Both journalists suffered head injuries, and Woodruff also has broken bones. They were in stable condition following surgery at a U.S. military hospital in Iraq, and due to be evacuated to medical facilities in Germany, probably overnight, said ABC News President David Westin.
"We take this as good news, but the next few days will be critical," Westin said.
Woodruff and Doug Vogt, an award-winning cameraman, were embedded with the 4th Infantry Division and traveling in a convoy with U.S. and Iraqi troops near Taji, about 12 miles north of Baghdad.
They were wearing body armor and helmets but were standing up in the hatch of the mechanized vehicle when the device exploded, exposing them to shrapnel. An Iraqi solder was also hurt in the explosion.
ABC said the men were in the Iraqi vehicle — considered less secure than U.S. military equipment — to get the perspective of the Iraqi military. They were aware the Iraqi forces are the frequent targets of insurgent attacks, the network said.
"If you're going to cover the Iraqi military, you have to go with them, you have to see how they live," said ABC News correspondent Martha Raddatz, reporting on the attack on ABC's "This Week" Sunday.
The U.S. military confirmed that Woodruff and Vogt were injured in the midday attack and said an investigation is under way.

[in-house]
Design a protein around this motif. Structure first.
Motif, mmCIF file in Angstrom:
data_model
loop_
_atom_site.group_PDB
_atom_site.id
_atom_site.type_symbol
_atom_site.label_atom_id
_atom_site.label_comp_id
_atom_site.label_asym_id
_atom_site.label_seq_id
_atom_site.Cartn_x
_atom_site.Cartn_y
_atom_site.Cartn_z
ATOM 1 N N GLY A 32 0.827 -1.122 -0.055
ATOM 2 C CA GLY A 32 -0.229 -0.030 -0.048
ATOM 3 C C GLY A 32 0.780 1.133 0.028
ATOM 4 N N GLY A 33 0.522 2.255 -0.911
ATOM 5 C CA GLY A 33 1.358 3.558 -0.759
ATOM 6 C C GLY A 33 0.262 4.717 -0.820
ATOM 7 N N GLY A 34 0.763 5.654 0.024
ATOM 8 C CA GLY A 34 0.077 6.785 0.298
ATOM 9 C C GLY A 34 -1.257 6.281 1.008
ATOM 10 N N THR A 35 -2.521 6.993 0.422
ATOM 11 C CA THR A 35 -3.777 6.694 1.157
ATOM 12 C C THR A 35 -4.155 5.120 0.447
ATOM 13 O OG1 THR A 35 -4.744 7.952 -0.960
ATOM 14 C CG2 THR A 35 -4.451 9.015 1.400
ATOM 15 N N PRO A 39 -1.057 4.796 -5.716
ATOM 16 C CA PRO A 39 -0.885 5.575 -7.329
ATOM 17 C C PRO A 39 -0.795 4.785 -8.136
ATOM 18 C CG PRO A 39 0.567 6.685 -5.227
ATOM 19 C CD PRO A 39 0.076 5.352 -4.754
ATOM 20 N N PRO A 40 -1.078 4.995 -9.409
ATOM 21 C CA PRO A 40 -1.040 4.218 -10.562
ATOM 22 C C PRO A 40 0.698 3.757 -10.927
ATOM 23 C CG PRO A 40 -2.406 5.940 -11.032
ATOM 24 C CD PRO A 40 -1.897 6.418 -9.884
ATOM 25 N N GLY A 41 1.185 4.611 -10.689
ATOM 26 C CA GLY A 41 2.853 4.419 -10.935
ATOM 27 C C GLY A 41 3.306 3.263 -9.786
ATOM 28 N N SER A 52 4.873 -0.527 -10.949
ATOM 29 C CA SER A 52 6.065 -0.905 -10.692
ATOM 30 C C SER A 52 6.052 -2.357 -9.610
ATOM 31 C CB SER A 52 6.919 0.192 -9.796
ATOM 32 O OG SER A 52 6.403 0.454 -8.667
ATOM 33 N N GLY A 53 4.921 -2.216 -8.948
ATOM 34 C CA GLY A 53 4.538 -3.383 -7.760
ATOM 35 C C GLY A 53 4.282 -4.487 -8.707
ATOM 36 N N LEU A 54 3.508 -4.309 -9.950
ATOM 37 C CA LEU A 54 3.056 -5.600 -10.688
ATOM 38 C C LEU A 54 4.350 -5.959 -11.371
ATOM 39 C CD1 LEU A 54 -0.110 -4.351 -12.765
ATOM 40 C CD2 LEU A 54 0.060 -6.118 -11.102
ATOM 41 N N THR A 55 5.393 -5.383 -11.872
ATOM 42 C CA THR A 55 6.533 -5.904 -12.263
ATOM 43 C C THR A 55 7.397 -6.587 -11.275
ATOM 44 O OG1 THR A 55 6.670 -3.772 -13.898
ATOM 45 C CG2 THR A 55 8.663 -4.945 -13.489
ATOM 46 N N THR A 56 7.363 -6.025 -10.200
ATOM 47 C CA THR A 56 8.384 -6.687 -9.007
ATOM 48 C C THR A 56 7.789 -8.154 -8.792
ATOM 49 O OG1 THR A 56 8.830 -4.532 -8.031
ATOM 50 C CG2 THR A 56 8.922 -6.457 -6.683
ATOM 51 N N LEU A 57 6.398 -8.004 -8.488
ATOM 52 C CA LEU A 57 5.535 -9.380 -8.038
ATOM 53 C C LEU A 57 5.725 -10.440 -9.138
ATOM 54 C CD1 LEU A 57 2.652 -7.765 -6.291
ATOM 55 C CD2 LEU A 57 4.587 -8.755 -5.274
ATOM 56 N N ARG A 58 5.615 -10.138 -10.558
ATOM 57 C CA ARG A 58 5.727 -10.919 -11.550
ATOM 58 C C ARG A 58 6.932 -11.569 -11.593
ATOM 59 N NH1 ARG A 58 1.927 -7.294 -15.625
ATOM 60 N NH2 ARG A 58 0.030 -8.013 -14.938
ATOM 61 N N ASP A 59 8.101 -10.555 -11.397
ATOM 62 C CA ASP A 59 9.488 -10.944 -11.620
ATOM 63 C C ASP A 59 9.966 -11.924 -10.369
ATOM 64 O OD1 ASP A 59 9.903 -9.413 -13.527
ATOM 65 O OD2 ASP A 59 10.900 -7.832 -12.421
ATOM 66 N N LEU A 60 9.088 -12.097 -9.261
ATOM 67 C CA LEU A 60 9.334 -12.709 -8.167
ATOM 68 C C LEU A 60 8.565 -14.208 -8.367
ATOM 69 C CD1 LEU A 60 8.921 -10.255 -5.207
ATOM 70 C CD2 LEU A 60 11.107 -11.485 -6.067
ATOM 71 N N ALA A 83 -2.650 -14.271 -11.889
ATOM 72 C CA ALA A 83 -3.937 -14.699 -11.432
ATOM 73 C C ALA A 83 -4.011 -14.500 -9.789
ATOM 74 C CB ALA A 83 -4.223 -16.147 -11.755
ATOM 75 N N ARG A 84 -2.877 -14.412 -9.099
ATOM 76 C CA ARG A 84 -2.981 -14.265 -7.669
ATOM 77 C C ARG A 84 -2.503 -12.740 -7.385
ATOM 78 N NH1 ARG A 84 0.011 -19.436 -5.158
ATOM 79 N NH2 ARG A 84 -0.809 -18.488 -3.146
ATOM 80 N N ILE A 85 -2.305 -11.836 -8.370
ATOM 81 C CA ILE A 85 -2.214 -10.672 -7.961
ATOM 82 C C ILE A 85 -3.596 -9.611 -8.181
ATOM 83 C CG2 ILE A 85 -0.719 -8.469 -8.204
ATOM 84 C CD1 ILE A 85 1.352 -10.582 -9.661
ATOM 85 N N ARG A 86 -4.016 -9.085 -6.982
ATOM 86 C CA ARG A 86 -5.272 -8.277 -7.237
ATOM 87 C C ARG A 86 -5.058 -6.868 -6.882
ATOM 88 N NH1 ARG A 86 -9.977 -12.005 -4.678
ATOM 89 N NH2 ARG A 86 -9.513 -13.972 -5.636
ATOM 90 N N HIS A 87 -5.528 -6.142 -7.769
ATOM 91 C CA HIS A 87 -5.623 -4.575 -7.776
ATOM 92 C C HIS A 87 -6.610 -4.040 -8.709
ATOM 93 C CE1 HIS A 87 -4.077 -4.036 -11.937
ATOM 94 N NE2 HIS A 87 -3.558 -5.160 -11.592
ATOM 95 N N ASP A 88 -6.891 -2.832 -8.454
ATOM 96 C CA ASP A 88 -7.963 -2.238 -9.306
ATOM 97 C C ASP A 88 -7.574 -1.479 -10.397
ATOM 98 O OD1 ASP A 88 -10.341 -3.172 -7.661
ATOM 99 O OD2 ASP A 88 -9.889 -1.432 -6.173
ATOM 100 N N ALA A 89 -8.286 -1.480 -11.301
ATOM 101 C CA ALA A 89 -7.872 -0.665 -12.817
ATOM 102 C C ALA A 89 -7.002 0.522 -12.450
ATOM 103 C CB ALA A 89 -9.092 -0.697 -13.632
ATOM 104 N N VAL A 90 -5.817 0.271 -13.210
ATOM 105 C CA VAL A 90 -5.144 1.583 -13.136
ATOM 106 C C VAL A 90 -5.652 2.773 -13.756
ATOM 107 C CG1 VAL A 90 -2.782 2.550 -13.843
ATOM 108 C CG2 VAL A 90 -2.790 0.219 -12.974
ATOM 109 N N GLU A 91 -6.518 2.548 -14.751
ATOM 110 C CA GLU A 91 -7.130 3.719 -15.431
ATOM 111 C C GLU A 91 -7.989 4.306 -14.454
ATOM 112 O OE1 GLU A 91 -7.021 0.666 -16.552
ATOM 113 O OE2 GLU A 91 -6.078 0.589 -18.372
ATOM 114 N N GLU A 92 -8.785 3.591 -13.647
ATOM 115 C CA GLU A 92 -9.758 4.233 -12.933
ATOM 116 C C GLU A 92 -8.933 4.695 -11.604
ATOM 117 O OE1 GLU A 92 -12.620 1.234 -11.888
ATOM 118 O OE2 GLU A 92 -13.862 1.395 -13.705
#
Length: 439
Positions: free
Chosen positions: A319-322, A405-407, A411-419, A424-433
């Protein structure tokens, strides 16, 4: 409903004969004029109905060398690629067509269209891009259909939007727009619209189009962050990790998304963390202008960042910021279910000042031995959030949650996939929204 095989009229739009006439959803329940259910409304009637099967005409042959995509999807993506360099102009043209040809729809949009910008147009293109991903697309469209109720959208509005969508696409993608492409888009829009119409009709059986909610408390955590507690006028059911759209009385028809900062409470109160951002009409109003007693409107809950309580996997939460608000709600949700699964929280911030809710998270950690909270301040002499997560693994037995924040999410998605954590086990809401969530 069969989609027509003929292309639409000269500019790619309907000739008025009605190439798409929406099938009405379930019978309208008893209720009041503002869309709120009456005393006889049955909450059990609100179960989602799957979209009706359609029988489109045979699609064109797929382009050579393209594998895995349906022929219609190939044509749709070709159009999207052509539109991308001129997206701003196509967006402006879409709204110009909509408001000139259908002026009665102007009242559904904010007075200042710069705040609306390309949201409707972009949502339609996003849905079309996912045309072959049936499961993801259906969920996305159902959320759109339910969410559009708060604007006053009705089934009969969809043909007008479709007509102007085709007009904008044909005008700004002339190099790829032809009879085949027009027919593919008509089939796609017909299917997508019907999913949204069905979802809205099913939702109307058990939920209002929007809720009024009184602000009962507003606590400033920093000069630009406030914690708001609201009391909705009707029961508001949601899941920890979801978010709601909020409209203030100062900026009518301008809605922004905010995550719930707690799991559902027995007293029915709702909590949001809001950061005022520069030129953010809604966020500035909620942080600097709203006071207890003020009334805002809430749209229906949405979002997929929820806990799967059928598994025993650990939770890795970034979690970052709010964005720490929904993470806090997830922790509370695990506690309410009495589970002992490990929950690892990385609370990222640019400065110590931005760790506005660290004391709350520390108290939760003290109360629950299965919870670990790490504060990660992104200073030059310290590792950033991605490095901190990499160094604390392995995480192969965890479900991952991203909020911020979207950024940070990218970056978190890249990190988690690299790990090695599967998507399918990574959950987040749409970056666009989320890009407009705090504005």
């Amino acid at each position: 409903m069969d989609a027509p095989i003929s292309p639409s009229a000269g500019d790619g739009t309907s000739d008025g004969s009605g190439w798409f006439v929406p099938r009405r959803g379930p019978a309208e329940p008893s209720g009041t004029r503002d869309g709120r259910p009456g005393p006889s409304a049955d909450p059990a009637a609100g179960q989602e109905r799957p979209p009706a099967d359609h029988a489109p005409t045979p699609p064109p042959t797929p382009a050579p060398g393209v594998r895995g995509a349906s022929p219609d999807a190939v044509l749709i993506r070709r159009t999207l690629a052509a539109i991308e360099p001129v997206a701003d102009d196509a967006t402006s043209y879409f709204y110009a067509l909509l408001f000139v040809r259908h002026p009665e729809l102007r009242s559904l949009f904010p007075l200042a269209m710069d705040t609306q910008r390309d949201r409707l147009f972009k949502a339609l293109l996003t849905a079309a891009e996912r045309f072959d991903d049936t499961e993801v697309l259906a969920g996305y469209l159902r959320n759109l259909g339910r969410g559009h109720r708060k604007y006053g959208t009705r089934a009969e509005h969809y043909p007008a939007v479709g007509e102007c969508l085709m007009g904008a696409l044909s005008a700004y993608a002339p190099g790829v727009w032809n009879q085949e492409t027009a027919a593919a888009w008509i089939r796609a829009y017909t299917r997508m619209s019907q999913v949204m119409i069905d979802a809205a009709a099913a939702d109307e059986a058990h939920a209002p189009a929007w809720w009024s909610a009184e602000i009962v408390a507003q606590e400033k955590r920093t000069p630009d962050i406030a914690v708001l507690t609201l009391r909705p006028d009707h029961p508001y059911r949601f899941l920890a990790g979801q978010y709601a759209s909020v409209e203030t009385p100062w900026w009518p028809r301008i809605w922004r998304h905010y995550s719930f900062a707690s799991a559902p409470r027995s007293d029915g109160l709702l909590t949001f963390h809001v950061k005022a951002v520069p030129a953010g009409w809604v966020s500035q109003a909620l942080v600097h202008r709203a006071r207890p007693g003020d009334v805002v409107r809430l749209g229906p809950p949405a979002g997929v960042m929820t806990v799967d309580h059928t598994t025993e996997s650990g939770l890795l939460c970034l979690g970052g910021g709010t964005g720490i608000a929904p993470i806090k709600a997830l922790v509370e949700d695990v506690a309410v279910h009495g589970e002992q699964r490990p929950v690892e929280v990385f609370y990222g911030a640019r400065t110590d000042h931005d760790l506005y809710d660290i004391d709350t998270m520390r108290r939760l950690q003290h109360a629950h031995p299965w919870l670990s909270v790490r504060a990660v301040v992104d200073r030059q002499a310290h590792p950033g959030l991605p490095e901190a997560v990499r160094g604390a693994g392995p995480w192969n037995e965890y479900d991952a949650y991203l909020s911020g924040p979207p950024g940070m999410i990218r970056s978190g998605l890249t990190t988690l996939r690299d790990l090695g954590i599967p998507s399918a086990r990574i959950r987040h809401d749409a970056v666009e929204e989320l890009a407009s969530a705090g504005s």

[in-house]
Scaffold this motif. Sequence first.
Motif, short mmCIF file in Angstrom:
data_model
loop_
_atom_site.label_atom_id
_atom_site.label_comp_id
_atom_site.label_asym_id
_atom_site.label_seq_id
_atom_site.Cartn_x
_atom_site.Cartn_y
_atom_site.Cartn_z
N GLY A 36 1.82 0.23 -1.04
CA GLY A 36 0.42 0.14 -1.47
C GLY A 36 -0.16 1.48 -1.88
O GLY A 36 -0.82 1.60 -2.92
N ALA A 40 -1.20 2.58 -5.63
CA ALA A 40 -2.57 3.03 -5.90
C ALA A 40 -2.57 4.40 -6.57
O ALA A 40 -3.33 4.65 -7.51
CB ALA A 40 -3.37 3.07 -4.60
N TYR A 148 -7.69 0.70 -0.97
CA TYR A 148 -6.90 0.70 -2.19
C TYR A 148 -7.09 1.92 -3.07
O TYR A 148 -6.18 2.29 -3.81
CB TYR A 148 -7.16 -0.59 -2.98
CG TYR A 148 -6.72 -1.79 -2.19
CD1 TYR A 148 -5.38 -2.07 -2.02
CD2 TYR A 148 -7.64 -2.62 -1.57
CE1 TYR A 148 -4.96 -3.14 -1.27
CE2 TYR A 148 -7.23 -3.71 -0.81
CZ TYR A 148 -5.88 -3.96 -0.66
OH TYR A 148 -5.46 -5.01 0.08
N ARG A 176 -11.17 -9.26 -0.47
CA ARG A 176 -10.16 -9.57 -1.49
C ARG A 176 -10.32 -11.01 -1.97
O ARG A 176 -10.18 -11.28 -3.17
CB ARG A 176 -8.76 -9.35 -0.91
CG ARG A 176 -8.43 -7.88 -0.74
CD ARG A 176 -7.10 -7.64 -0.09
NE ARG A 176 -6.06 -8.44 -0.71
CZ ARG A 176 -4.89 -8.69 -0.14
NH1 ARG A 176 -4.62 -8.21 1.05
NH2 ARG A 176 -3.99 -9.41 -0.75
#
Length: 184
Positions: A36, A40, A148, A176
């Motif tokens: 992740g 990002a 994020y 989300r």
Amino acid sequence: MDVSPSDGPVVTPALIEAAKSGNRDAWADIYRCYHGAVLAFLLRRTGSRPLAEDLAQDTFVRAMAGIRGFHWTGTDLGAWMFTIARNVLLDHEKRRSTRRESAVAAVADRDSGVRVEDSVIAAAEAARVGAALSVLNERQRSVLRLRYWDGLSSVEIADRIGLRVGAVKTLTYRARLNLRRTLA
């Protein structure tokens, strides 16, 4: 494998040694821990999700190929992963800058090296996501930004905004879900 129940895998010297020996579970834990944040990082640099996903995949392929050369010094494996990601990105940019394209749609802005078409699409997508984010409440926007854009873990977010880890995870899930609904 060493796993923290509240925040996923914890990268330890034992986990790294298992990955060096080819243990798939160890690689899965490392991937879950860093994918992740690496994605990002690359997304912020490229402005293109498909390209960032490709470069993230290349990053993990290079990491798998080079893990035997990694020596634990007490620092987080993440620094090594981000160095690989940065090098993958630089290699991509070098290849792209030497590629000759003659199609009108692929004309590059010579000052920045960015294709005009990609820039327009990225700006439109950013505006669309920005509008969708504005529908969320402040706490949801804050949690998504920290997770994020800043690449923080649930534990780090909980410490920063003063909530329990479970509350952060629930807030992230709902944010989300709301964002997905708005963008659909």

CBS News correspondent Lara Logan, who has covered Iraq, said the Taji area is considered particularly dangerous because it was the site of one of Saddam Hussein's munitions dumps. Many of the explosives are believed to have gotten into the hands of insurgents, she said.
"I admire Bob for going with the Iraqis," said Logan, who was blown 12 feet in the air by an explosion while with the U.S. military in Afghanistan in 2003. "It's important to hear their story and to experience it from their point of view. He did the right thing."
Improvised explosives are the simplest and deadliest weapon in the insurgents' arsenal, reports CBS News correspondent Elizabeth Palmer. Made of old artillery shells or stolen explosives and hidden on the roadside, they can be triggered by anything from trip wires to cell phones.
This year, the U.S. military will spend $3.5 billion to protect soldiers with better training, and technology like robots that can find improvised explosives and detonate them, Palmer reports. But by the end of last year, improvised explosives were killing two out of every three American soldiers who died in combat in Iraq.